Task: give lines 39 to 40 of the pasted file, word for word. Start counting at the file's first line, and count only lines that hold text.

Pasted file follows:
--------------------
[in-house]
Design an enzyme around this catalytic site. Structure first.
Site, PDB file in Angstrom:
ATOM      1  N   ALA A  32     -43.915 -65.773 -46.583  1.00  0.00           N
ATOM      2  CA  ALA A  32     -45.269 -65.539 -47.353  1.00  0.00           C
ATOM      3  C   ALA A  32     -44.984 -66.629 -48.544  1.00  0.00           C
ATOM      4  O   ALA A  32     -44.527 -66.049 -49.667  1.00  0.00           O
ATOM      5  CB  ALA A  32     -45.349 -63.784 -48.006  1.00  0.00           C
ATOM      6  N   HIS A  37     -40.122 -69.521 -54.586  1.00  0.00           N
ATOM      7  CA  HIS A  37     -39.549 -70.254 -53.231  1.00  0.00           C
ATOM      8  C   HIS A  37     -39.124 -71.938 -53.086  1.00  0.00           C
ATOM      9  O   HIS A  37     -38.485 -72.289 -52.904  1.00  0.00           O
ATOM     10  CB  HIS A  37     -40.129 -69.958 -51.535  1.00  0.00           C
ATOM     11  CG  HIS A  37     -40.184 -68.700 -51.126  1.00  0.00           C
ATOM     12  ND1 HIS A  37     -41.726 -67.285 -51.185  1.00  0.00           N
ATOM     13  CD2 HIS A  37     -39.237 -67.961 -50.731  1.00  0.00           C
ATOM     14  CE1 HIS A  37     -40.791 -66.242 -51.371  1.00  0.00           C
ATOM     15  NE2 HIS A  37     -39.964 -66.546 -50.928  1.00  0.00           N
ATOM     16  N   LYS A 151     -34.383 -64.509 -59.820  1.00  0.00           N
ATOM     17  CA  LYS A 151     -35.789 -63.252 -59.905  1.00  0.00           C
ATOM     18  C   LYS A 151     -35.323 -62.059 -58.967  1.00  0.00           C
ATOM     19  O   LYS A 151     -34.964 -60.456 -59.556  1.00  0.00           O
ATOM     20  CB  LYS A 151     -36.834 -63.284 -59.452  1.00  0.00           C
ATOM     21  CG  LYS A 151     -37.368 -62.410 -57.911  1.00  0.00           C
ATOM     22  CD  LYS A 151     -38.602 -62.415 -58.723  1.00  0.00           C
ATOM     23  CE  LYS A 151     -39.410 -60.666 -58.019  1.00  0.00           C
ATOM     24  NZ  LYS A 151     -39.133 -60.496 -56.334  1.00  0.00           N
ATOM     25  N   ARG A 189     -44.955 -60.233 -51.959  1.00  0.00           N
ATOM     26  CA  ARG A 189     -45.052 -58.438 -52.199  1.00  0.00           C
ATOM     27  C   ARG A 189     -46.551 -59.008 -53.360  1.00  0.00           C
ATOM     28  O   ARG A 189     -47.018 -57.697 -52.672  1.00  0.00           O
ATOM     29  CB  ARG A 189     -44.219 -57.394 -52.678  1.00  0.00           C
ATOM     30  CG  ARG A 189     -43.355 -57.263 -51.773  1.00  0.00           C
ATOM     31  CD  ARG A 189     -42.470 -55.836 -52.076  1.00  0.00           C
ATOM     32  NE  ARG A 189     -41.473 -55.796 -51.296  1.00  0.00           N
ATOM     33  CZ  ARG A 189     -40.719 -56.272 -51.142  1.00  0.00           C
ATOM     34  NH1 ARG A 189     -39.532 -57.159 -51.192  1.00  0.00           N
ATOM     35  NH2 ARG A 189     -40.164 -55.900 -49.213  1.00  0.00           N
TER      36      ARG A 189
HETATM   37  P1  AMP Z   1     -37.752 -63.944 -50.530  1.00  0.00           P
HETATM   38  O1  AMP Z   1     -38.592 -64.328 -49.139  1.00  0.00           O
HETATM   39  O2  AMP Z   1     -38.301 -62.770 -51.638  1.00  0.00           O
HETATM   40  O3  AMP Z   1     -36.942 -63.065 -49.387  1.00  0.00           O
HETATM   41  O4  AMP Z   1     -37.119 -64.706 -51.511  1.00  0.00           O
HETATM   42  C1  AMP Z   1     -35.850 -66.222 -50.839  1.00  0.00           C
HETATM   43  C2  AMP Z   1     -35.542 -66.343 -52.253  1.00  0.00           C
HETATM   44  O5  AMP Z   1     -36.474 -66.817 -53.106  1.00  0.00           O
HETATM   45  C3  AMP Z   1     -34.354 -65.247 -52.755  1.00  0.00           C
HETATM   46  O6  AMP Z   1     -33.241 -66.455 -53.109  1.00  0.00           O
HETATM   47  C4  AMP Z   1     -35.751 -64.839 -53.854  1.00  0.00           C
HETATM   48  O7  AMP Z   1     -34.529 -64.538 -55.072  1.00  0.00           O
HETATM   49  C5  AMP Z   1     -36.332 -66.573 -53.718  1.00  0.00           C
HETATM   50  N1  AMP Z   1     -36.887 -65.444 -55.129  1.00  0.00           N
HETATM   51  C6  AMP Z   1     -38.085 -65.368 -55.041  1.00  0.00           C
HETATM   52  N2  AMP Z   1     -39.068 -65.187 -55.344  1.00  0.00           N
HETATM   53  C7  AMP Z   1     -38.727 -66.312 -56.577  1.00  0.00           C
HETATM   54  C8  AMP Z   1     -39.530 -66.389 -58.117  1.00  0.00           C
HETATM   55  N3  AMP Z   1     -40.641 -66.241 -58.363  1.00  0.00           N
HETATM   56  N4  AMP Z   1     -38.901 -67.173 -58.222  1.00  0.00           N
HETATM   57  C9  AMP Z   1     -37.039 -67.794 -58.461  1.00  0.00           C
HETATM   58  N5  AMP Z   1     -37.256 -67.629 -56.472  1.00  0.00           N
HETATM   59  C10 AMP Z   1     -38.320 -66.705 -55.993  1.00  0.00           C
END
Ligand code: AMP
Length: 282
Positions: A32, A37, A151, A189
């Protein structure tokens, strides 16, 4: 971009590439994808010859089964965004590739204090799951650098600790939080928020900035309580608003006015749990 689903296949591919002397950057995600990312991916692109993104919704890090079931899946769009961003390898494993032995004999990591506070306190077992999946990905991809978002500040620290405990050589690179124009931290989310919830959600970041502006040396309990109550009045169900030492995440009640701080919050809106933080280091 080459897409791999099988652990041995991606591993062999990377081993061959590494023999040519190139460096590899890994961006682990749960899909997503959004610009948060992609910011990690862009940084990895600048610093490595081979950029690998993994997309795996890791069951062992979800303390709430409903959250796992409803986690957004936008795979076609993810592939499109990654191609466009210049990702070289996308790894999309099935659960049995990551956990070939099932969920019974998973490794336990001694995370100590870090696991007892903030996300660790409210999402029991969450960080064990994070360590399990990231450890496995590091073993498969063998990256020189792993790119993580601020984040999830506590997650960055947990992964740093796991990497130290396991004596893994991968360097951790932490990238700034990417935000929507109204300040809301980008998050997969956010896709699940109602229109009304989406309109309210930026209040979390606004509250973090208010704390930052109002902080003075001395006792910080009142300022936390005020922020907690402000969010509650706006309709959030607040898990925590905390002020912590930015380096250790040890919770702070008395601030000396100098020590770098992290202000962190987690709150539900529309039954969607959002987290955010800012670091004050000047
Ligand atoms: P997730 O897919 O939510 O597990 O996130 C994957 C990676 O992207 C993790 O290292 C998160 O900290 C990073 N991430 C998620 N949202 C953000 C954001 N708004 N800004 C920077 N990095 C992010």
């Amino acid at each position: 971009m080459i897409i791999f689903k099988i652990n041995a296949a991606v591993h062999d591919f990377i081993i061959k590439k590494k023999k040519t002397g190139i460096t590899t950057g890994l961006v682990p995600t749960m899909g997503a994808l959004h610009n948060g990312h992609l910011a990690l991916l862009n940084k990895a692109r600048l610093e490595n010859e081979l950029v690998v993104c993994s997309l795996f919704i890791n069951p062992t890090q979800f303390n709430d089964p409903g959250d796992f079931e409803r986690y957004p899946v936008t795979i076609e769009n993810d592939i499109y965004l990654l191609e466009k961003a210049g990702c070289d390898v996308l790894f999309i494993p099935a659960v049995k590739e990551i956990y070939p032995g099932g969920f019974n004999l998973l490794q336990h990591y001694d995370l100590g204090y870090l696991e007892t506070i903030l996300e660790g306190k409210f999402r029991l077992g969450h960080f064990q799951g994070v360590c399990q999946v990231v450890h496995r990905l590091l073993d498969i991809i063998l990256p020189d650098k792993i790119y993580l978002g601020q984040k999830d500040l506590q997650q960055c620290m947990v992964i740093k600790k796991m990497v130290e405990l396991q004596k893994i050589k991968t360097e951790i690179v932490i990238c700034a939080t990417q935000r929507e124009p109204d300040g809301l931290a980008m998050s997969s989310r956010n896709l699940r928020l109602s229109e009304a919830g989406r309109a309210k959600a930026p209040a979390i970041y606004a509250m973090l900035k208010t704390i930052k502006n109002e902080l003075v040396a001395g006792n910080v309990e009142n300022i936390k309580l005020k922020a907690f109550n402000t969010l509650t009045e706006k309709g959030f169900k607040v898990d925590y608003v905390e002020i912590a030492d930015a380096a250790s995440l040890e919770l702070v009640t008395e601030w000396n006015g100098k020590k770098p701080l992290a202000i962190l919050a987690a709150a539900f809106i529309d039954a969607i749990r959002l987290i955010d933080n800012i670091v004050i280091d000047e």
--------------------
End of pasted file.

TER      36      ARG A 189
HETATM   37  P1  AMP Z   1     -37.752 -63.944 -50.530  1.00  0.00           P